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Measuring Reward With the Conditioned Pleace Preference Paradigm: A comprehensive review of drug eff

Measuring Reward With the Conditioned Pleace Preference Paradigm: A comprehensive review of drug eff

  1. NeuroChi
    AbstractÐThis review gives an overview of recent ®ndings and developments in research on brain
    mechanisms of reward and reinforcement from studies using the place preference conditioning paradigm,
    with emphasis on those studies that have been published within the last decade. Methodological issues
    of the paradigm (such as design of the conditioning apparatus, biased vs unbiased conditioning, state
    dependency e€ects) are discussed.
    Results from studies using systemic and local (intracranial) drug administration, natural reinforcers,
    and non-drug treatments and from studies examining the e€ects of lesions are presented. Papers
    reporting on conditioned place aversion (CPA) experiments are also included. A special emphasis is put
    on the issue of tolerance and sensitization to the rewarding properties of drugs.
    Transmitter systems that have been investigated with respect to their involvement in brain reward
    mechanisms include dopamine, opioids, acetylcholine, GABA, serotonin, glutamate, substance P, and
    cholecystokinin, the motivational signi®cance of which has been examined either directly, by using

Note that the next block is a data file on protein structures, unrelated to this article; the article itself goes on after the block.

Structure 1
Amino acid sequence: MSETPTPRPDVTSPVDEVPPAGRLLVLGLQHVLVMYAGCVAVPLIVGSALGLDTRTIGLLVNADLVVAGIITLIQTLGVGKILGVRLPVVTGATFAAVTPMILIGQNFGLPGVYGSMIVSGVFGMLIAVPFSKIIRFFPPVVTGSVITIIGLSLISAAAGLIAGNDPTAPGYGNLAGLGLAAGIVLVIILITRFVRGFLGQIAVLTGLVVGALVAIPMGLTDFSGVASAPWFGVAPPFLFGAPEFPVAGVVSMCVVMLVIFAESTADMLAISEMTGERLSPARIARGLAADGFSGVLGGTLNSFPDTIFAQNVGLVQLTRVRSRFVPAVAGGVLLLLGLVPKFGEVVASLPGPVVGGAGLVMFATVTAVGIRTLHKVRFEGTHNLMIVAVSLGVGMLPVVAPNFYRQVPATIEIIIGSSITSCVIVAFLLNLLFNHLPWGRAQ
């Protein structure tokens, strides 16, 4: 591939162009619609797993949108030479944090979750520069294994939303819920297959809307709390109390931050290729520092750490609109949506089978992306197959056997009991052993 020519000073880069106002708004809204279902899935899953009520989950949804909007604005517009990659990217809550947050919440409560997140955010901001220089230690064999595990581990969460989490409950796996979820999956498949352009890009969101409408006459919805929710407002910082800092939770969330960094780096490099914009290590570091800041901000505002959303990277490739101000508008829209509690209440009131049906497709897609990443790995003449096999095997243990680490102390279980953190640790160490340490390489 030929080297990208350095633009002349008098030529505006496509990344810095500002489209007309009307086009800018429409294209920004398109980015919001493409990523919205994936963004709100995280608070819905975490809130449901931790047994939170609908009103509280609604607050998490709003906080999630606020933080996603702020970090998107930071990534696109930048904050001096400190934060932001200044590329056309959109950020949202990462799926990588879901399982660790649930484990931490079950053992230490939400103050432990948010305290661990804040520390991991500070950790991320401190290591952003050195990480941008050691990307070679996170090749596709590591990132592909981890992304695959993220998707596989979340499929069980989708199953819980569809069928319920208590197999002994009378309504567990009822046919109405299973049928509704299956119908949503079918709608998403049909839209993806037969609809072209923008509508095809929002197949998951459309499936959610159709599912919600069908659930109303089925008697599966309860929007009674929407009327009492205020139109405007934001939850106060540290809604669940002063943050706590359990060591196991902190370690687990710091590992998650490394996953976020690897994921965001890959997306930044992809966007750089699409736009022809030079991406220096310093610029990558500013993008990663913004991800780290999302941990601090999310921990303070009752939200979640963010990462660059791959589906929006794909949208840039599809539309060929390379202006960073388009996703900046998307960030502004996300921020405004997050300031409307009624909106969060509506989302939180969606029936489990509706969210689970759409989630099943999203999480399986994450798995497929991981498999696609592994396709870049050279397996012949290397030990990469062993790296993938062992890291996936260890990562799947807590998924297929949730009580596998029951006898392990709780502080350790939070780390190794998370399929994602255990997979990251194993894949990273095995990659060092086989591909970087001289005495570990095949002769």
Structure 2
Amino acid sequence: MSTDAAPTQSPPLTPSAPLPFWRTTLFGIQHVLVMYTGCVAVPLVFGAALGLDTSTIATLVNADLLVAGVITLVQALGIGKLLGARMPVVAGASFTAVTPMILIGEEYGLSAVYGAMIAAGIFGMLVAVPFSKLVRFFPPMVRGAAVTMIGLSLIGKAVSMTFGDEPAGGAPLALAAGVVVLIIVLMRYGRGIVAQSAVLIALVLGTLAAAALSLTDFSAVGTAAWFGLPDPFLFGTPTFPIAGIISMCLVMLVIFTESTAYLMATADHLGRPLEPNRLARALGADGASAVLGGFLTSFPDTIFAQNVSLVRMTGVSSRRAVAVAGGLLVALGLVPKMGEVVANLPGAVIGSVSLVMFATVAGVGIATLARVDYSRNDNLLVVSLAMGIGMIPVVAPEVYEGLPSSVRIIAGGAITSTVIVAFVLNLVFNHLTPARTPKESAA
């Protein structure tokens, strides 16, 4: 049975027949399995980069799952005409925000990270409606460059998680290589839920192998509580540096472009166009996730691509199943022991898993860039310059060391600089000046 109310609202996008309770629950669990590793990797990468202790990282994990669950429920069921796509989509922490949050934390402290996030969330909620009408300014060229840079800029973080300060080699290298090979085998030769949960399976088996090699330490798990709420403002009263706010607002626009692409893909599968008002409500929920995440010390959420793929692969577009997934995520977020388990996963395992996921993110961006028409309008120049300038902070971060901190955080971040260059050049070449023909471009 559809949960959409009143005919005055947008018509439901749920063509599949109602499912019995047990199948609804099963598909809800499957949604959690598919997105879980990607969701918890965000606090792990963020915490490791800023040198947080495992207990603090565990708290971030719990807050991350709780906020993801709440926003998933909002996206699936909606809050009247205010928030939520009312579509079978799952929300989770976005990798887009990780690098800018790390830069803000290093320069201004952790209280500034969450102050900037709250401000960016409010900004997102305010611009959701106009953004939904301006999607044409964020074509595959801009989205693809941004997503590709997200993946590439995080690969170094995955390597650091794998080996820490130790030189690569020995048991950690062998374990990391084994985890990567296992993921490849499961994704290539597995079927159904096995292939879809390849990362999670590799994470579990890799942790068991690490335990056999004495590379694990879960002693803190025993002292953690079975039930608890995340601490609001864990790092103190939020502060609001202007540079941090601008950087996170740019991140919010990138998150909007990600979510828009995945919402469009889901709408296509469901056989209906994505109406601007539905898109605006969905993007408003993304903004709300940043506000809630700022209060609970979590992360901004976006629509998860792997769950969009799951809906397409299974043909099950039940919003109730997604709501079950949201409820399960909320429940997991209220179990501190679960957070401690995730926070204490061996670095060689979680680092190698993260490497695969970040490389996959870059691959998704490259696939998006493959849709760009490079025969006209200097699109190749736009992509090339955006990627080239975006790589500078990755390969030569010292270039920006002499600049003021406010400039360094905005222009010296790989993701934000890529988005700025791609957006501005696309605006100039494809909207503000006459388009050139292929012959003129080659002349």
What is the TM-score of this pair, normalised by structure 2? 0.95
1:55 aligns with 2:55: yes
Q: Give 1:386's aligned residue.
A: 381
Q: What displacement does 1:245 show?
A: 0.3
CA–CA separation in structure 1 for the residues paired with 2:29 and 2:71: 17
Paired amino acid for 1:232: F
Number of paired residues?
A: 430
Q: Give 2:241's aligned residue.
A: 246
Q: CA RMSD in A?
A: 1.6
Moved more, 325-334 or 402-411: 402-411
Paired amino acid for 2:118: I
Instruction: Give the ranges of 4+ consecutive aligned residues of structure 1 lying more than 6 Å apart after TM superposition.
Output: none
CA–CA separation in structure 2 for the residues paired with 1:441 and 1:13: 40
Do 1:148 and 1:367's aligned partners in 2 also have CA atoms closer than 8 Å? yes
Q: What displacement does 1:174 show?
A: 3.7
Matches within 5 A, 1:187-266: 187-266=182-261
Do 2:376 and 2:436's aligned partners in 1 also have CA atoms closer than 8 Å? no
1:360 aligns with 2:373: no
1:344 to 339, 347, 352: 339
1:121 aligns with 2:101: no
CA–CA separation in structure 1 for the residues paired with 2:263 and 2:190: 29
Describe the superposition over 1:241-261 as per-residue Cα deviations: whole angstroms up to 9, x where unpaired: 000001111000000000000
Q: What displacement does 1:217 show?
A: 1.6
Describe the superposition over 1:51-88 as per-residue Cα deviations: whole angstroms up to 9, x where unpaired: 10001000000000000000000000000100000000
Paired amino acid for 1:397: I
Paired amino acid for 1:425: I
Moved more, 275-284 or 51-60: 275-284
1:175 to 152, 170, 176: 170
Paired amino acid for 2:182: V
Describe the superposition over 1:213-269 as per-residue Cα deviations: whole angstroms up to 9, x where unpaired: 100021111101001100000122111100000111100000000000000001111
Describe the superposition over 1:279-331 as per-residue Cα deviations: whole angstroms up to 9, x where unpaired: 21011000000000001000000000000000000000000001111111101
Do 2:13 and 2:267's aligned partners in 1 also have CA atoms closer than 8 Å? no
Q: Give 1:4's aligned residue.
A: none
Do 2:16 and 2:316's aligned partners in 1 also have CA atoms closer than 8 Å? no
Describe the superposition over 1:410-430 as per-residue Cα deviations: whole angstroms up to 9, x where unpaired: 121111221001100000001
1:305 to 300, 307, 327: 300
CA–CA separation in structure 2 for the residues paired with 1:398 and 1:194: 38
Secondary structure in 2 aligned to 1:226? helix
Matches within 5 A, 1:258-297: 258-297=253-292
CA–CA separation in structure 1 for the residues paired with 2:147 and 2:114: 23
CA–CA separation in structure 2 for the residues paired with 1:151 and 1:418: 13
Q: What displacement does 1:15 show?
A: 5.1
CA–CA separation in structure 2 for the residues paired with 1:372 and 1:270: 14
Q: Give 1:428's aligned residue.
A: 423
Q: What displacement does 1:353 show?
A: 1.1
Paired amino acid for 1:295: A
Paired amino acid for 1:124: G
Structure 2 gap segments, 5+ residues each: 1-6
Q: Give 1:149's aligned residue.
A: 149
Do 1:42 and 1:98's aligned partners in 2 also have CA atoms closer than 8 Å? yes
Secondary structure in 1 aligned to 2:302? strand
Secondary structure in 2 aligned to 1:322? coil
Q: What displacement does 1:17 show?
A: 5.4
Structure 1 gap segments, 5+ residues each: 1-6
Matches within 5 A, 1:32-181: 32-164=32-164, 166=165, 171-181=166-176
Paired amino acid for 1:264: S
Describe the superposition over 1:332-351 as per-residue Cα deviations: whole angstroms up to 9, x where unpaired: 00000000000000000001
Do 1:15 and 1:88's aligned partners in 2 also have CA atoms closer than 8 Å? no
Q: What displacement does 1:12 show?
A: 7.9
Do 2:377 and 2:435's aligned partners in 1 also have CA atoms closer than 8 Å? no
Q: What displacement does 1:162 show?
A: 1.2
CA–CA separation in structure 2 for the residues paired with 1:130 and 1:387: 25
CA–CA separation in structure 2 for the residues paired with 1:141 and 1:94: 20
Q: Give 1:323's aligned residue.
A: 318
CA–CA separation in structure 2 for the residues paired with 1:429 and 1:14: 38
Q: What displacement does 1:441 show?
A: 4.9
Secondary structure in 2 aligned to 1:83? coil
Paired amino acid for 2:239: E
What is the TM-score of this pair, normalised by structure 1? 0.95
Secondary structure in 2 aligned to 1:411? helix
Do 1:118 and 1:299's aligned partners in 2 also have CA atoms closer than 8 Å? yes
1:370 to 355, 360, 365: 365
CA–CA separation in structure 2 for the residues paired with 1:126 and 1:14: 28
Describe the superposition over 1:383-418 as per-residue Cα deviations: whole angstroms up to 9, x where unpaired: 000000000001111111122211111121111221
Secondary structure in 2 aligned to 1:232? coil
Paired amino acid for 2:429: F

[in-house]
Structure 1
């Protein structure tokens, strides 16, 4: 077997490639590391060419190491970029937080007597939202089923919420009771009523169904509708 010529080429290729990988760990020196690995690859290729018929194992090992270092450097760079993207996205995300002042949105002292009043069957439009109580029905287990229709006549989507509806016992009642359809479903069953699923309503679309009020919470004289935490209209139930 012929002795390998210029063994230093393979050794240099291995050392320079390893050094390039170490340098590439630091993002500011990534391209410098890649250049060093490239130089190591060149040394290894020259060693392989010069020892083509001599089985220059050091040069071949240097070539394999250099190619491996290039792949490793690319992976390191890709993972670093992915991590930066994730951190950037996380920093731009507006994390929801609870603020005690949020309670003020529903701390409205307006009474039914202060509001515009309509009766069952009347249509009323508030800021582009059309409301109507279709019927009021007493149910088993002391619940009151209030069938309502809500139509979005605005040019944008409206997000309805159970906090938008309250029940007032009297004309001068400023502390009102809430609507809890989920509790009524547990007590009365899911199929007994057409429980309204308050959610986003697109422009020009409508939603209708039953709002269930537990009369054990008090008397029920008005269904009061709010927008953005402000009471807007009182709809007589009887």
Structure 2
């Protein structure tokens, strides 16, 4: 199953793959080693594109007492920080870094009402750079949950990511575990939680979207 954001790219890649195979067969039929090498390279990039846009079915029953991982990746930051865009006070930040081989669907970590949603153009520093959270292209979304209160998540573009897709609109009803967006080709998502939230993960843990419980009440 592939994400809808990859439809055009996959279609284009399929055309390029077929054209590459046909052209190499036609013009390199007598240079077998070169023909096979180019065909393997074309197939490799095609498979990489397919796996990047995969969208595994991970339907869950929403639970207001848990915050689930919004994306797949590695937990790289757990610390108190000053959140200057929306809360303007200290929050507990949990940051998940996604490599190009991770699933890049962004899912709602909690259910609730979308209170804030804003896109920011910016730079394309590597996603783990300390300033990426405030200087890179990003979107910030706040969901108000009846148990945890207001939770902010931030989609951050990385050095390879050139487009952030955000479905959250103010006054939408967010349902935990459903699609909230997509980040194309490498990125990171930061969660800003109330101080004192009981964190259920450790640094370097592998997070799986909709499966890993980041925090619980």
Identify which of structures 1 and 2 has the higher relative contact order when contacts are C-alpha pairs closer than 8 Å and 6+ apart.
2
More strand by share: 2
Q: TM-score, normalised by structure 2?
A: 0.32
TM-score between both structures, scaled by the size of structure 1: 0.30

respective agonist or antagonist drugs, or indirectly, by studying the e€ects of these drugs on the reward
    induced by other drugs.
    For a number of these transmitters, detailed studies have been conducted to delineate the receptor
    subtype(s) responsible for the mediation of the observed drug e€ects, particularly in the case of
    dopamine, the opioids, serotonin and glutamate.
    Brain sites that have been implicated in the mediation of drug-induced place conditioning include the
    `traditional' brain reward sites, ventral tegmental area and nucleus accumbens, but the medial prefrontal
    cortex, ventral pallidum, amygdala and the pedunculopontine tegmental nucleus have also been shown
    to play important roles in the mediation of place conditioning induced by drugs or natural reinforcers.
    Thus, although the paradigm has also been criticized because of some inherent methodological
    problems, it is clear that during the past decade place preference conditioning has become a valuable
    and ®rmly established and very widely used tool in behavioural pharmacology and addiction research.
    # 1998 Elsevier Science Ltd. All rights reserved